ONE MORE NUMBER.
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FIRES—CAUSES AND PREVENTION.
It is estimated that the total annual losses of insured property by fire, throughout the world, average nearly two hundred million dollars. Add to this the annual destruction of uninsured property, and we should probably have a total amounting to quite double these figures. How great the loss, how severe the tax upon the productive industry of mankind, this enormous yearly destruction amounts to, will come home to the minds of most readers more directly if we call attention to the fact that it just about equals the value of our total wheat crop during a year of good yield. And it is a direct tax upon productive industry everywhere, because, although here and there a nominal loser, fully insured, has only made what is sometimes called "a good sale" to the companies holding his risk, this is only a way of apportioning the loss whereby the community at large become the sufferers. Thus it is that we find all ably-managed insurance companies earnestly endeavoring to make it plain to the public how fires should be guarded against, or most effectually localized and controlled when once started.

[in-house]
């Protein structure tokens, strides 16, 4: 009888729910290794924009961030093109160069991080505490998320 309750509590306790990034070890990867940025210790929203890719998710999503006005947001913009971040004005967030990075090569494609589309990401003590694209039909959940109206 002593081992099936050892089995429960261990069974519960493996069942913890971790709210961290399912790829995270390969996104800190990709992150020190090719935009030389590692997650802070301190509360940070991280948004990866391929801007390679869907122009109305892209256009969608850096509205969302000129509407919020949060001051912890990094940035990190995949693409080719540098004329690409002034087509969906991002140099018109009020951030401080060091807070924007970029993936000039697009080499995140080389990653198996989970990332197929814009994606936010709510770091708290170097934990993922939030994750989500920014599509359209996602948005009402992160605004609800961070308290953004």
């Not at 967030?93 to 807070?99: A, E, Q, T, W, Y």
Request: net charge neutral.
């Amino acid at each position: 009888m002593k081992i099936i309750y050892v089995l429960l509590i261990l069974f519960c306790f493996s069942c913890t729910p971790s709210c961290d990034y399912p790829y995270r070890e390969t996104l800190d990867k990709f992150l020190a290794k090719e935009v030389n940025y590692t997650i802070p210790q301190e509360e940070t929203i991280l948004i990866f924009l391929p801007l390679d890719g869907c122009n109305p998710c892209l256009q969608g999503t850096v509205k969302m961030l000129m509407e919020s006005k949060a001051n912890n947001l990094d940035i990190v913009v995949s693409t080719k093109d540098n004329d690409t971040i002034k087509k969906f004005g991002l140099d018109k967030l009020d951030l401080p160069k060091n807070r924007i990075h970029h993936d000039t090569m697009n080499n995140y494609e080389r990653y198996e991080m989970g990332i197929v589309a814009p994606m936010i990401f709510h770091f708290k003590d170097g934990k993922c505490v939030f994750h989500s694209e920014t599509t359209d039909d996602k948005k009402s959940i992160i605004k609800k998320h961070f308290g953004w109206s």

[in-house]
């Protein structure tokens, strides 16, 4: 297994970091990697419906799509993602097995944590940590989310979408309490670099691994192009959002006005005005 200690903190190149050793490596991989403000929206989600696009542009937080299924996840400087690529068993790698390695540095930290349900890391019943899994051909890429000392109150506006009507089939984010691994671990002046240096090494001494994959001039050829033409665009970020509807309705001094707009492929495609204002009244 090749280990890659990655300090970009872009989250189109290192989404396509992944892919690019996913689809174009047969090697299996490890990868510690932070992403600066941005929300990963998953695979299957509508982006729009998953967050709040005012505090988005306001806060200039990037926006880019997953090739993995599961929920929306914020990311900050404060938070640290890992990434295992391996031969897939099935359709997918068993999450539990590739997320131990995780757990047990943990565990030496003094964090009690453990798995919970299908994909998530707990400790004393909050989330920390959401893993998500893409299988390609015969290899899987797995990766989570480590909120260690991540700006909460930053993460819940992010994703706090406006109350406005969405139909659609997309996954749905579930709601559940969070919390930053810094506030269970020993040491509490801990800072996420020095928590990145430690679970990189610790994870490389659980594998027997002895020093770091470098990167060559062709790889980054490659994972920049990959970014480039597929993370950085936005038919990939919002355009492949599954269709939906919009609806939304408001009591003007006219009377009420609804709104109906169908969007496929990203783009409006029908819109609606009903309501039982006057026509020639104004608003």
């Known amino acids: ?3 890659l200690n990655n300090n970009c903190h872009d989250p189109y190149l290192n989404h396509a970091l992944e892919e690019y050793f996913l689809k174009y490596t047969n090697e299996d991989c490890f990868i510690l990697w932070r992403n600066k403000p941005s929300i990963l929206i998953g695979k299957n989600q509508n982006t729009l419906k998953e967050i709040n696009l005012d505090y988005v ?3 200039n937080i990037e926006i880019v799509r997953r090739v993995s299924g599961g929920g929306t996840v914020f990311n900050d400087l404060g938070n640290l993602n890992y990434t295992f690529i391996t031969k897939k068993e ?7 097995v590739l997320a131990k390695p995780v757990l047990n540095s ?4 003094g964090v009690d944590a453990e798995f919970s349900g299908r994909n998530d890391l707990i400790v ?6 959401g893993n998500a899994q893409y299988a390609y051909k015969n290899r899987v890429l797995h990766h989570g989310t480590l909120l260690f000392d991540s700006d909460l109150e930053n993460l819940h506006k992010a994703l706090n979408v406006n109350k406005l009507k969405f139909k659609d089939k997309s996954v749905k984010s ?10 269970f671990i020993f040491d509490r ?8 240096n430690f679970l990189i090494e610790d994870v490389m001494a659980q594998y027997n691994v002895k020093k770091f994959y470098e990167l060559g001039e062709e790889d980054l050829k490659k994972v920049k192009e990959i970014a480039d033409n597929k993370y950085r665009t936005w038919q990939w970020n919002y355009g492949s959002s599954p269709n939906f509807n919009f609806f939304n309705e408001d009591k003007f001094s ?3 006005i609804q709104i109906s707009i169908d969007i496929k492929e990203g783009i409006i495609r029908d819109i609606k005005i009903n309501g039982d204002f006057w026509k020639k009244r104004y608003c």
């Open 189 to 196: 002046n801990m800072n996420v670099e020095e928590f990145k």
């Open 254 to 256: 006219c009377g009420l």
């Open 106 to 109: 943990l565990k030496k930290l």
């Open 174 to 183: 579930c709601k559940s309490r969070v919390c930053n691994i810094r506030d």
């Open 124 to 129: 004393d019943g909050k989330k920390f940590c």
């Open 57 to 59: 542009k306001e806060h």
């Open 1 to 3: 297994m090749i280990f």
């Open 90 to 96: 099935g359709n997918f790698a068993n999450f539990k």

During the fall, or from "lighting up" time till about New Year's day, more fires occur ordinarily than in any other portion of the year. This fact points to some of the most general causes of conflagrations—as in the lighting and heating of houses, factories, etc., where this had not been necessary during the summer months. It is also found that after the first of the year the number of fires is greatly diminished, the lighting and heating arrangements having been subjected to a period of trial during which their most obvious defects would be remedied. While it may readily be conceded that the utmost care of the owner of property could not totally prevent great average losses from fire—for the greater the holdings the more must the proprietor trust to the oversight of others—it is evident that the above facts indicate the necessity of more strenuous precautions at this season....